Udac builds skills for inclusive workforce

Udac builds skills for inclusive workforce

Grant helps nonprofit create job opportunities for adults with disabilities

DULUTH—Skilled. Independent. Resourceful. All describe the kind of employees who thrive in the modern workforce and whom employers want to hire. Udac supports individuals to be this type of employee.

A partnership between Duluth-based nonprofit Udac and the Duluth Superior Area Community Foundation has helped Udac transform how it serves adults with employment barriers, many of whom want to be involved in the community, learn about post-secondary education and be employed.

A $75,000 grant from the Community Foundation helped Udac develop partnerships with local businesses, nonprofits and schools to create more jobs for Udac’s clients. Udac rebuilt the entire organization to support individuals– empowering clients to use public transportation, advocate for themselves, develop careers and build self-reliance to achieve their community living goals.

In less than two years, Udac has more than doubled its number of business partners, opening doors at the Duluth International Airport, Essentia Health, Loll Designs and several dozen others. More than 50 individuals are employed across the Northland, and the number is growing.

Udac’s new model recently received national recognition with an Organizational Best Practices Award from the National Association of People Supporting Employment First (APSE).

“The Community Foundation was the first to believe in our vision to transform—that it was possible—and willing to support it with a meaningful gift,” Udac Executive Director Karen Herman said.

One Udac client spent 20 years in a sheltered workshop, where his work, transportation and time in the community was always supervised. His first step toward self-reliance was taking community transportation to work. After 18 months spent developing his talents, he now works independently at his job.

“This is what I always wanted for my son, and I never thought it would happen,” his mother said. “This program is needed. More people need to learn about it so they can be part of it.”

Another client with Down Syndrome and limited verbal skills has achieved success and independence. Since high school graduation, his work, transportation and community time also had been supervised. After working with a Career and Life Coach at Udac to eliminate barriers and build opportunities, he is employed four days a week and takes a cab, unsupervised, to work. He loves his newfound independence.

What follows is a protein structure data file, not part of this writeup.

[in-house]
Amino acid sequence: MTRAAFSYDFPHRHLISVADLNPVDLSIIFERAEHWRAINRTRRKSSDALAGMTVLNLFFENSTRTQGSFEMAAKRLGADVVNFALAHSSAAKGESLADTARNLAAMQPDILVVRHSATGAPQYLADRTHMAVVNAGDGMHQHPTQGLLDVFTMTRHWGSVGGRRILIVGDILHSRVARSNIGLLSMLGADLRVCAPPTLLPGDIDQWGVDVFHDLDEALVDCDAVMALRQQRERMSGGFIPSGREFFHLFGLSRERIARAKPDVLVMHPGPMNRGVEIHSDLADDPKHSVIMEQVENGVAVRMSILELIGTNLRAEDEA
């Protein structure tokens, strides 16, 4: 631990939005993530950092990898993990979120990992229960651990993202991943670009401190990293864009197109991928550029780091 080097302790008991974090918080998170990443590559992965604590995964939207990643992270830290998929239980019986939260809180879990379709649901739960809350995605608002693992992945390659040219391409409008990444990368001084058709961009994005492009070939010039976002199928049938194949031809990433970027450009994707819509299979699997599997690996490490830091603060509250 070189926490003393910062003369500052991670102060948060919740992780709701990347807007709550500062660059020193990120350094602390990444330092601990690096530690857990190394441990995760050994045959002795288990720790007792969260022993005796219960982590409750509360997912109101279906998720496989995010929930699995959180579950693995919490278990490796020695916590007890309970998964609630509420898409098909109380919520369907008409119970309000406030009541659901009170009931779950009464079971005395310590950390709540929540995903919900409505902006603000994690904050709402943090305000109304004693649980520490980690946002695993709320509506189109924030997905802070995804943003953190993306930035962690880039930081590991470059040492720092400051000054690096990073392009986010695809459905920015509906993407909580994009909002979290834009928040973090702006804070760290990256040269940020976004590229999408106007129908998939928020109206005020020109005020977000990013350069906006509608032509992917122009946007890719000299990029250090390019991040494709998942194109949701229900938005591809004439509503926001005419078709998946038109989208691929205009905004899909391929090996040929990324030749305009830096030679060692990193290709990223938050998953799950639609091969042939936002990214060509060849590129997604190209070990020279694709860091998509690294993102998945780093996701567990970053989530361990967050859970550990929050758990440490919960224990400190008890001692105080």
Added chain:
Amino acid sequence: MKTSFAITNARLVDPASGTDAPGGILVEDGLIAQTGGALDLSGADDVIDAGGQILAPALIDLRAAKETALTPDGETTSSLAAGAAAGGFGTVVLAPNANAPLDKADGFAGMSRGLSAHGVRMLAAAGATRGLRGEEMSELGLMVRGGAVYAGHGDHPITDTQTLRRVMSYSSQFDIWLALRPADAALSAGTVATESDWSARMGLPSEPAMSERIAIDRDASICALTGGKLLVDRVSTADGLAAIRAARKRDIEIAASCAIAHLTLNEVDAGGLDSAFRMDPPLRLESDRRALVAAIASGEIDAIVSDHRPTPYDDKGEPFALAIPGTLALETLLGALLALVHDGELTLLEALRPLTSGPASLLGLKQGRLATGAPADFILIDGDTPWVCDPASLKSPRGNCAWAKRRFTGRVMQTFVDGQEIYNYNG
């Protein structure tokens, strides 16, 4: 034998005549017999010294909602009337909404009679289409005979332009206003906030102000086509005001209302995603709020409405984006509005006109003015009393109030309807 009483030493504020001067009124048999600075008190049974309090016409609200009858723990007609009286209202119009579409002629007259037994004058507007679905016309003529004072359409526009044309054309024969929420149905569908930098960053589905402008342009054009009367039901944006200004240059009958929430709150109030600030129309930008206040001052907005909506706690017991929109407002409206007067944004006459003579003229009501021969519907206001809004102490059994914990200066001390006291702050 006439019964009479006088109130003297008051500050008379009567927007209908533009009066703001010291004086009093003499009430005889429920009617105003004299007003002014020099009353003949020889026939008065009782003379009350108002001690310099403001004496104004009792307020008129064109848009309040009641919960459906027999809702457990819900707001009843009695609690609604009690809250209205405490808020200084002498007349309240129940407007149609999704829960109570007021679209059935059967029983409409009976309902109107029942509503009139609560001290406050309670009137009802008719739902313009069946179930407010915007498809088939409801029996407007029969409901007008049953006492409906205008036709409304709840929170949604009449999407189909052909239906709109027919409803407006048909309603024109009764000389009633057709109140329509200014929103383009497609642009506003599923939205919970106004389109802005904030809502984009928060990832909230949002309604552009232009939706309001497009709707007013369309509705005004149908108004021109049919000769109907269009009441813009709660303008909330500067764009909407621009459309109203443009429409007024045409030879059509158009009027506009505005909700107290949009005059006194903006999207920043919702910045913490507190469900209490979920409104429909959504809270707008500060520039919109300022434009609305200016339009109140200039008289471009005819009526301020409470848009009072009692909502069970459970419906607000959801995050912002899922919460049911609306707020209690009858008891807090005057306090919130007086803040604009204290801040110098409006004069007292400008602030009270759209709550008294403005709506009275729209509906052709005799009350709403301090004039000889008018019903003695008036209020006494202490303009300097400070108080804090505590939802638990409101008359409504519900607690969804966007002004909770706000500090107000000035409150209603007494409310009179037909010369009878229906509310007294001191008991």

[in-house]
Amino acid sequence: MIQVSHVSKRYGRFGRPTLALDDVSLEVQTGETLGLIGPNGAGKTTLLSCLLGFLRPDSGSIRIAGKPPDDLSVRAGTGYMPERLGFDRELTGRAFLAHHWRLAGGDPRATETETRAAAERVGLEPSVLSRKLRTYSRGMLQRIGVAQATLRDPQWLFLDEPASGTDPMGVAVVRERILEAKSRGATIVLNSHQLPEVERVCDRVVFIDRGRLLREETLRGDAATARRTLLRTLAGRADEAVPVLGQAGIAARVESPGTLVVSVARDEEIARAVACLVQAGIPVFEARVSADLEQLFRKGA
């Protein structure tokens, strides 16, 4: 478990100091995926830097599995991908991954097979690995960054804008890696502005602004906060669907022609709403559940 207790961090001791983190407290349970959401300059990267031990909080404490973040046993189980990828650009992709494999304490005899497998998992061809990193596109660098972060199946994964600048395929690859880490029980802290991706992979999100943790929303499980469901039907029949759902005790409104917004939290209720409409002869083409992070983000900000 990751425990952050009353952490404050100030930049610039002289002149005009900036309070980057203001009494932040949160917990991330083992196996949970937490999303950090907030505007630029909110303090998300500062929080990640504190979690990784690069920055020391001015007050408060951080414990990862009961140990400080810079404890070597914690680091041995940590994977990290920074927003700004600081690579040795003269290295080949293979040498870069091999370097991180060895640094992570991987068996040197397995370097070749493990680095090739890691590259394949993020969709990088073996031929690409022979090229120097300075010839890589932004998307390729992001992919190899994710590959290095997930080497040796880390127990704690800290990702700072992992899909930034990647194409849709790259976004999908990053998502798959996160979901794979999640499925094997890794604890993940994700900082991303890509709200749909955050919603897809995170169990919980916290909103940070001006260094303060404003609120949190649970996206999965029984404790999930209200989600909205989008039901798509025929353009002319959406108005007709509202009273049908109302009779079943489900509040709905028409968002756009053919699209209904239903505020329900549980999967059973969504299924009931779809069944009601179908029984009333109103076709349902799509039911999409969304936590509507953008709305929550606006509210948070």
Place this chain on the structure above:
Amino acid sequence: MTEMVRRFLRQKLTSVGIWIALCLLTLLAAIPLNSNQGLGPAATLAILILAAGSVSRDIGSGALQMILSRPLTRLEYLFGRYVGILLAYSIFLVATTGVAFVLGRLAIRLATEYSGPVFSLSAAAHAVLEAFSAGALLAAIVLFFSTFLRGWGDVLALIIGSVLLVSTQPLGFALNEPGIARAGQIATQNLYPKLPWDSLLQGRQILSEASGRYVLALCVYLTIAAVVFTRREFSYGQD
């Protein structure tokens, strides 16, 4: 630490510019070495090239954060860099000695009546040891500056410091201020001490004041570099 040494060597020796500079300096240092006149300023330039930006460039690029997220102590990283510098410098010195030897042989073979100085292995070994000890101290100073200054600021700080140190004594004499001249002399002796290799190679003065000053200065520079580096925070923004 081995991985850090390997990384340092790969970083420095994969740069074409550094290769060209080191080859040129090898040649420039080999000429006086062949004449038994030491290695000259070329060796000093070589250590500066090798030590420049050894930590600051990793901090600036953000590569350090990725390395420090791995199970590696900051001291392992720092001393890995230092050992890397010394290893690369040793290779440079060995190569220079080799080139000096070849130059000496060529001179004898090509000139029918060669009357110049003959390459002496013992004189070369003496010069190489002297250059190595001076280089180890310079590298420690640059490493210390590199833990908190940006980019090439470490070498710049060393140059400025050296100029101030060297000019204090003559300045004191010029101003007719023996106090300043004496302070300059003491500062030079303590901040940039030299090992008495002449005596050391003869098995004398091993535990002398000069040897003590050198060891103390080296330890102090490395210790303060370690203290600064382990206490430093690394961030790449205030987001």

The new approach has benefits for employers, too. Preliminary data from the U.S. Bureau of Labor Statistics showed that, in May, the most recent month for which statistics are available, unemployment stood at 3.7 percent in the Twin Ports region, one of the Northland’s lowest unemployment rates in a decade.

“The key here is we have a workforce shortage,” said Chad Nurminen, Support Services Director at Essentia Health. “The Udac program is connecting those who want to work with people like myself who have positions to fill.” Nurminen says it’s been rewarding for his staff and that Udac’s clients are having a positive impact at Essentia. “It’s been a great thing for everyone involved.”

“This is timely, beautiful work,” Foundation President and CEO Shaun Floerke said. “Meeting community employment needs and expanding services to include all people benefits everyone.”

Herman said, “This is community inclusion in the broadest sense and represents collaboration across many sectors. The model elevates comprehensive community involvement and removes systemic barriers to community living. It defines pathways of community living for all. The APSE Organizational Best Practice award acknowledges the tremendous effort of the Udac team, community partners and most importantly the people successfully achieving community living.”